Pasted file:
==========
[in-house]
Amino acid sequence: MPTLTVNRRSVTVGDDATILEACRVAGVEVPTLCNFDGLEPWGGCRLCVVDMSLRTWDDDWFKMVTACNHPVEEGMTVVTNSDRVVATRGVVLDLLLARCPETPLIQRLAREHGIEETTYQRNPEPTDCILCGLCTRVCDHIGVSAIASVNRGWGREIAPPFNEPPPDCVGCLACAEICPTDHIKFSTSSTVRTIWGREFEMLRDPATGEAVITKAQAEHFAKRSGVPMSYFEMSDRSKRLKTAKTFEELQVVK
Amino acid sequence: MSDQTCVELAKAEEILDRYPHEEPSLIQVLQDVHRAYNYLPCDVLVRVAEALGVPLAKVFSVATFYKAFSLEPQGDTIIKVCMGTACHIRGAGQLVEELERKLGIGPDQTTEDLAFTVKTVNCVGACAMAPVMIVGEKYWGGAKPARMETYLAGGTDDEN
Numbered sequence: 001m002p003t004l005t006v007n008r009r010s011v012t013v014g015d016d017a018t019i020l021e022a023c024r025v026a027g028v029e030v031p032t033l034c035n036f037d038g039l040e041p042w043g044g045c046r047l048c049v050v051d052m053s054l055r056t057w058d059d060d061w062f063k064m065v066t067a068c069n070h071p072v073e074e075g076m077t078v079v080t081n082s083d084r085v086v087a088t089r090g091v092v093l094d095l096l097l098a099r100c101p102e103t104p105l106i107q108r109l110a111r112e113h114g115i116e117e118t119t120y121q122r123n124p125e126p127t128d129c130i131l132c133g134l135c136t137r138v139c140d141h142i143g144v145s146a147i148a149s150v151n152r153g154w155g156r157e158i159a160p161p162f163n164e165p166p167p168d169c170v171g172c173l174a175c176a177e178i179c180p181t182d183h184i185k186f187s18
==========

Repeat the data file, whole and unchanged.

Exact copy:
[in-house]
Amino acid sequence: MPTLTVNRRSVTVGDDATILEACRVAGVEVPTLCNFDGLEPWGGCRLCVVDMSLRTWDDDWFKMVTACNHPVEEGMTVVTNSDRVVATRGVVLDLLLARCPETPLIQRLAREHGIEETTYQRNPEPTDCILCGLCTRVCDHIGVSAIASVNRGWGREIAPPFNEPPPDCVGCLACAEICPTDHIKFSTSSTVRTIWGREFEMLRDPATGEAVITKAQAEHFAKRSGVPMSYFEMSDRSKRLKTAKTFEELQVVK
Amino acid sequence: MSDQTCVELAKAEEILDRYPHEEPSLIQVLQDVHRAYNYLPCDVLVRVAEALGVPLAKVFSVATFYKAFSLEPQGDTIIKVCMGTACHIRGAGQLVEELERKLGIGPDQTTEDLAFTVKTVNCVGACAMAPVMIVGEKYWGGAKPARMETYLAGGTDDEN
Numbered sequence: 001m002p003t004l005t006v007n008r009r010s011v012t013v014g015d016d017a018t019i020l021e022a023c024r025v026a027g028v029e030v031p032t033l034c035n036f037d038g039l040e041p042w043g044g045c046r047l048c049v050v051d052m053s054l055r056t057w058d059d060d061w062f063k064m065v066t067a068c069n070h071p072v073e074e075g076m077t078v079v080t081n082s083d084r085v086v087a088t089r090g091v092v093l094d095l096l097l098a099r100c101p102e103t104p105l106i107q108r109l110a111r112e113h114g115i116e117e118t119t120y121q122r123n124p125e126p127t128d129c130i131l132c133g134l135c136t137r138v139c140d141h142i143g144v145s146a147i148a149s150v151n152r153g154w155g156r157e158i159a160p161p162f163n164e165p166p167p168d169c170v171g172c173l174a175c176a177e178i179c180p181t182d183h184i185k186f187s18